The Brits battle it out in the South Atlantic

Ed Gorman reports on the intriguing battle between Josh Hall and Mike Golding in the Vendee Globe

Monday January 22nd 2001, Author: Ed Gorman, Location: United Kingdom
Gartmore/EBP - Josh HallWhile Ellen MacArthur and Kingfisher continue to dominate the headlines in the Vendee Globe, let's not forget two other British heroes, still battling it out for the minor places in this classic single-handed contest.

Josh Hall in EBP/Gartmore has experienced one of the strangest Southern Ocean passages in the race with long periods of calm in an area of the world noted for the ferocity of its weather. Hall has been plugging on, trying to catch Catherine Chabaud in Whirlpool in seventh place but aware that behind him, Mike Golding in Team Group 4, has been catching him all the time.

Since overtaking Bernard Gallay in last week, Golding has rounded Cape Horn and reduced his deficit on Hall from 700 miles to 300 miles. It is going to be an interesting battle between two men with almost identical sails as they climb up the South American coast and, at this stage, you would have to back Golding to get the better of his countryman.

The former BT Global Challenge skipper has shown immense character and courage to get his race back on track after the first night dismasting and his determination now to finish as high up the rankings as possible is limitless. Despite sailing with his "second" rig and endless problems with his watermaker and other systems on board Team Group 4, Golding has never stopped racing.

Earlier today (January 22) he was going upwind to the east of Estadus Island and told the race office he was trying to solve the dilemma of which way to pass the Falkland Islands. Among those who sent the Team Group 4 skipper messages of congratulation after his rounding of the Horn - the fifth time he has passed that landmark in his career - was Sir Michael Jay, the British ambassador in Paris. "As you round the Horn congratulations from all of us here at the embassy on a terrific race after your second start," Sir Michael wrote, "and good luck for the final stages back to France," he added.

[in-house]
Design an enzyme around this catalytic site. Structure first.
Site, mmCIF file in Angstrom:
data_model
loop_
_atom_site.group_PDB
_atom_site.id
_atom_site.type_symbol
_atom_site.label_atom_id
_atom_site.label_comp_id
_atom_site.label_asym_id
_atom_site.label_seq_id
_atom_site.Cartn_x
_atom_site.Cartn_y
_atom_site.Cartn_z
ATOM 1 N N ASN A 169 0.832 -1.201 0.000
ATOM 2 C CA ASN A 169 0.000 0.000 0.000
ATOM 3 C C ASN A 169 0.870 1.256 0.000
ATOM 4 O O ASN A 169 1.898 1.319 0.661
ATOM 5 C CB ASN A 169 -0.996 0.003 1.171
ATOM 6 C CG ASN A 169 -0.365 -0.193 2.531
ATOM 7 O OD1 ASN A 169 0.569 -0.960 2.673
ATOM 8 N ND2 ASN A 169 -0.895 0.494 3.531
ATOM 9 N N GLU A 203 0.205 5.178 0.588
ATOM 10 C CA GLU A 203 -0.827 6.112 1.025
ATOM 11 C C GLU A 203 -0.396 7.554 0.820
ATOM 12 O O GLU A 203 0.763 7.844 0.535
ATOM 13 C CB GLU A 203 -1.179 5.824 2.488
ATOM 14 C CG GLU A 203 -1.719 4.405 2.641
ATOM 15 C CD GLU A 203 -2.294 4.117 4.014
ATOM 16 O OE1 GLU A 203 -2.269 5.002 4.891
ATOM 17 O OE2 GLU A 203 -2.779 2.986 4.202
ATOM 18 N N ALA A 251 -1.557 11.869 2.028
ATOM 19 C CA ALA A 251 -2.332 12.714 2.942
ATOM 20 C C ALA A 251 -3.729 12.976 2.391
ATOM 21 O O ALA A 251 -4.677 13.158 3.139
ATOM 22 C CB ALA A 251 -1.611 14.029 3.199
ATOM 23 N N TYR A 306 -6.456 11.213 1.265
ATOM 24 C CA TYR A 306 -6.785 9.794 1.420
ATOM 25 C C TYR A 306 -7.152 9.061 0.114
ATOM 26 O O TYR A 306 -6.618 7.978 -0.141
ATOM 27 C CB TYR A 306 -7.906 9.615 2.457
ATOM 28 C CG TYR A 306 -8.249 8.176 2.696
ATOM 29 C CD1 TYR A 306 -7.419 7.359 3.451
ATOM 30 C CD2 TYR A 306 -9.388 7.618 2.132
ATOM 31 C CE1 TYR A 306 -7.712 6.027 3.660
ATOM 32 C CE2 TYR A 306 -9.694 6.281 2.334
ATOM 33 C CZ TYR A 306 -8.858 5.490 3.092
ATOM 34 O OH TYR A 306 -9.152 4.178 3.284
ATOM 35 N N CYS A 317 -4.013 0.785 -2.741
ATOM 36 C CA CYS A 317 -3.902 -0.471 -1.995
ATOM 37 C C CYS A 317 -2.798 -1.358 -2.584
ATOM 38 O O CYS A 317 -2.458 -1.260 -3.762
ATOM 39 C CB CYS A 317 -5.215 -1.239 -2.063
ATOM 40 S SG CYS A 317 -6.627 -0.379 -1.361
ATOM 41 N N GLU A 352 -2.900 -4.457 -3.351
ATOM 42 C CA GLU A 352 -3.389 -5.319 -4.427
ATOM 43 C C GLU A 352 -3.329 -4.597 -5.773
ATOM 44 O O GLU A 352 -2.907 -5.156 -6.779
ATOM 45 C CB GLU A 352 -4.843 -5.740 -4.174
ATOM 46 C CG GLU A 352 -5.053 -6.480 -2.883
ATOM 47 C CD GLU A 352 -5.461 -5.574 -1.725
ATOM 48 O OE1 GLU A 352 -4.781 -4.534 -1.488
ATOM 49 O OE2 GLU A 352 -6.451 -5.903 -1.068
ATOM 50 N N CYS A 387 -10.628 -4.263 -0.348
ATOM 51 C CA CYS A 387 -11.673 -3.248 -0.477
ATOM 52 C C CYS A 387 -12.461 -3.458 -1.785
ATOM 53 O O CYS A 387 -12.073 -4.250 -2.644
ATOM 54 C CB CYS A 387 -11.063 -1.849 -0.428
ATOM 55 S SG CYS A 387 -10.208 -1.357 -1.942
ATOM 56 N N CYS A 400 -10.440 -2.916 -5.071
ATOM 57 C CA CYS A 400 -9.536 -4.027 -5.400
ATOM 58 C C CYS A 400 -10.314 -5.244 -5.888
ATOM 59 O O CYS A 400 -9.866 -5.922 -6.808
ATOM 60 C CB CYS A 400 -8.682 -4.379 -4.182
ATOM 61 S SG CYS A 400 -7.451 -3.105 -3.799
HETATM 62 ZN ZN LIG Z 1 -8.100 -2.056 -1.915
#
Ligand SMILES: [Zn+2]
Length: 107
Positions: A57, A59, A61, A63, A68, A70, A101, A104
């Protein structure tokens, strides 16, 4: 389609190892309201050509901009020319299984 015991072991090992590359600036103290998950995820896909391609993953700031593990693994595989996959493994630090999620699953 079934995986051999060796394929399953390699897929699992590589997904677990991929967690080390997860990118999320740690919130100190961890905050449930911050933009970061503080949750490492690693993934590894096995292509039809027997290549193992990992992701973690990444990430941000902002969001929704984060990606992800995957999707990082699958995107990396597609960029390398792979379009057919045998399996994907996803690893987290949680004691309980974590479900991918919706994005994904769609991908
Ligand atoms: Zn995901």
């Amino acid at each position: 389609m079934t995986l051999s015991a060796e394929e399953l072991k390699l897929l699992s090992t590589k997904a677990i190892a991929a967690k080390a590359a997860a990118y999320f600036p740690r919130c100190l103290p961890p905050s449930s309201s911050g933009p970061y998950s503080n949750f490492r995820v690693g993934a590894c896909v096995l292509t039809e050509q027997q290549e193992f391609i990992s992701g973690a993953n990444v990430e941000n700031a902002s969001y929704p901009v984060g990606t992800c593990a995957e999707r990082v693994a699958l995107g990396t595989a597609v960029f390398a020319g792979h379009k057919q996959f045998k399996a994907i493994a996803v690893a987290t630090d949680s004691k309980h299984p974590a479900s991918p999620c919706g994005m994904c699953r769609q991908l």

Hall, 20 miles south of the Falklands, could only reflect on more frustration as he sat through yet more calms. "The last two weeks or so have been really unbelievable," said the man who was dismasted at the start of the third leg of the last Around Alone race. "My last two weeks in the Pacific were notable for being becalmed twice for two days each time. Then, despite having 70 knots of wind during the morning of my approach to the Horn, I sat completely becalmed for eight hours just 20 miles from it. Since rounding, things have been even worse....on Saturday I was in a parking lot for 12 hours east of Staten Island where I was even going backwards for a while in a strong current. Then, on Sunday, the strongest wind I had was six knots."

Hall added that he was virtually in a state of shock as Chabaud got away ahead of him - she is now 660 miles in front - and Golding came steaming up from behind. "I am looking in the rear-view mirror. I am sure Michel (Desjoyeaux) feels the same at the front of the fleet. However, Mike had such bad luck dismasting, he deserves to have good fortune now," Hall added sportingly.

So it's all to play for with Golding the hunter and Hall, very much the hunted and around 7,000 miles to sail with the South Atlantic High still to be negotiated and after that the dreaded Doldrums.

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